It’s not that easy to win an insurance bad faith claim against an insurance company unless their conduct is outrageous. If you do win, however, you win two claims in one. To win, you have to prove that your original personal injury claim is valid. In addition to the money that would entitle you, you can also win additional damages–perhaps even damages for emotional distress.

Mandatory Minimum Auto Insurance

Any driver with a car registered in Arizona must purchase the following minimum auto accident insurance:

  • $25,000 for one person suffering bodily injury or death in an accident,
  • $50,000 total for two or more persons suffering bodily injury or death, and
  • $15,000 for damage to someone else’s property (typically their car).

If three or more persons suffer injury in an accident, the $50,000 maximum applies even if each victim receives less than $25,000.Of course, a driver can purchase more than the minimum amount of insurance.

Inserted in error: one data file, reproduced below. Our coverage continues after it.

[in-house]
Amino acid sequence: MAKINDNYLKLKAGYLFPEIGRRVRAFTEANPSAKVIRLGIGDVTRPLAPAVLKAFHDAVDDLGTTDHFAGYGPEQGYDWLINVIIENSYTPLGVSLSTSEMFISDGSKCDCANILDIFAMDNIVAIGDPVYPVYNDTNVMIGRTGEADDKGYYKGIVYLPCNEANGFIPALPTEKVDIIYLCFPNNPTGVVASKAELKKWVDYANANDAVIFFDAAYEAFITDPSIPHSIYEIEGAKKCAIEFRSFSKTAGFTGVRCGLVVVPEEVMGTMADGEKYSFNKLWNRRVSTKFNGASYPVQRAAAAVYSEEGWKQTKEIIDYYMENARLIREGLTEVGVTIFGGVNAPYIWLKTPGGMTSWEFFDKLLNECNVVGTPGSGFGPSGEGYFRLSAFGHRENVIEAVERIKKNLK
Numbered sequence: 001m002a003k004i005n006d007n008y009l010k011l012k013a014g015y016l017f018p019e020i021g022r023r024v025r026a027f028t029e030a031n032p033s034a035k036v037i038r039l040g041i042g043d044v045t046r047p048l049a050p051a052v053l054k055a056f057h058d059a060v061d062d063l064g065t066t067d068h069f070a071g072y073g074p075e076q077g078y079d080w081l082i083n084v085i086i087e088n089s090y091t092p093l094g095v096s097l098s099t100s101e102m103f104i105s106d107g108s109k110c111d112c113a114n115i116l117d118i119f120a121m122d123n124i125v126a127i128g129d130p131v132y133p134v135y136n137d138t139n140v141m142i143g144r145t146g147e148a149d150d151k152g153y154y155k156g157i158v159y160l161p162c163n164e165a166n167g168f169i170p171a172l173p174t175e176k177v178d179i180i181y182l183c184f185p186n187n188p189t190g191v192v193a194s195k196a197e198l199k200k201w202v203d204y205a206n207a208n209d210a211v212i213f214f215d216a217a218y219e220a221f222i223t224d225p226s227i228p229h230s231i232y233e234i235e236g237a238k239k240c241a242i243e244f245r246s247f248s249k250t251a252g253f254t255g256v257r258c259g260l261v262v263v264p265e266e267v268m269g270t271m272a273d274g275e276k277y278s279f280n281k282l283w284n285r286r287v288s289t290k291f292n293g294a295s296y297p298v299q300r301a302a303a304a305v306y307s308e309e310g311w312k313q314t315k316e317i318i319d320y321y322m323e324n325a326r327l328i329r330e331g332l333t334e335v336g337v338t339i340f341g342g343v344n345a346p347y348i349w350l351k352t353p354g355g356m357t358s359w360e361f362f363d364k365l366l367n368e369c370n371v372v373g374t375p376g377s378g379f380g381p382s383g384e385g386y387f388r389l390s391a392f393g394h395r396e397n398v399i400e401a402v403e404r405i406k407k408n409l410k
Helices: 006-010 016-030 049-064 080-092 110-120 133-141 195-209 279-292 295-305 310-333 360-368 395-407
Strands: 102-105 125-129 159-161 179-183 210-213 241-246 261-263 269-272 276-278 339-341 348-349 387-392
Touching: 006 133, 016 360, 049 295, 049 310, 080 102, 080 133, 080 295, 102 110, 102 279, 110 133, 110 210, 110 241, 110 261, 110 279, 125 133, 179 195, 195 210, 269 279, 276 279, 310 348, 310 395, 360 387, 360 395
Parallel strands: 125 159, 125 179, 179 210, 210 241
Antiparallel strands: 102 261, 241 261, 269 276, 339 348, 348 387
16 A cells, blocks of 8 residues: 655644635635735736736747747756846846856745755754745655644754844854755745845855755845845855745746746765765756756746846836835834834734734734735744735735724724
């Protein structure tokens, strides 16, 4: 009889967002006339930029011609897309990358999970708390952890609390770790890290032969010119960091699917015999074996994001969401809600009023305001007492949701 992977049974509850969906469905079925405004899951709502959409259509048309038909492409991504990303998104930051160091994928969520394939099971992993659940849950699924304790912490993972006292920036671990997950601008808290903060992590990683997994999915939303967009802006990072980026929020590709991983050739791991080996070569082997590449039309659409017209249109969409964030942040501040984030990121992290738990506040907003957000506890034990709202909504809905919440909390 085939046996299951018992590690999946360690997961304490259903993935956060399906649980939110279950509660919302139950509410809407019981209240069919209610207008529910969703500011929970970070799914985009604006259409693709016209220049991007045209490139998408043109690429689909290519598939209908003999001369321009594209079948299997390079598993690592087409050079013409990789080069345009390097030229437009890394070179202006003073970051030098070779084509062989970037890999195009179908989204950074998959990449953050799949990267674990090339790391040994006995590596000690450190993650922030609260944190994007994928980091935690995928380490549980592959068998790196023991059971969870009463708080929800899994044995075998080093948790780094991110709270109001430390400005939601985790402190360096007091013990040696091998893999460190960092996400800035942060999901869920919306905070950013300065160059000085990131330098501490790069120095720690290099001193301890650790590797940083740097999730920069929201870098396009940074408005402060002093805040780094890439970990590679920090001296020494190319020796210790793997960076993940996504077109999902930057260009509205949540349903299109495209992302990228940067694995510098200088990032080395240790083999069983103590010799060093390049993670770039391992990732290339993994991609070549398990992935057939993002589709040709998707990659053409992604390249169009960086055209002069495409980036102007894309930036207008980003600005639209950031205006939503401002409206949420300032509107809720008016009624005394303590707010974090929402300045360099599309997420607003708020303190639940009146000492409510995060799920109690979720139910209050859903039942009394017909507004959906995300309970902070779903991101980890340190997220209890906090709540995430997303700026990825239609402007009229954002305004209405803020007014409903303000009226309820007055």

Many Arizona drivers are illegally uninsured. It’s a good idea, then, for you to purchase uninsured motorist insurance before an accident.

The Arizona Tort Claims Act

The Arizona Tort Claims Act applies if you seek to sue the state or local government (the City of Phoenix, for example). Essentially, the Act places restrictions and barriers relating to your right to sue the government. You can do it, but it’s more difficult and time-consuming. Seek a lawyer with experience handling claims against the government. 

Do You Need a Phoenix Personal Injury Attorney?

If you’ve been injured by somebody else’s misconduct, schedule a free initial consultation with an experienced Phoenix personal injury lawyer. 

Since personal injury lawyers work for free unless they win, you can know this much for certain. If the lawyer offers to take your case, (i) they believe they can win it, and (ii) they believe they (and therefore you) can make significant money from victory.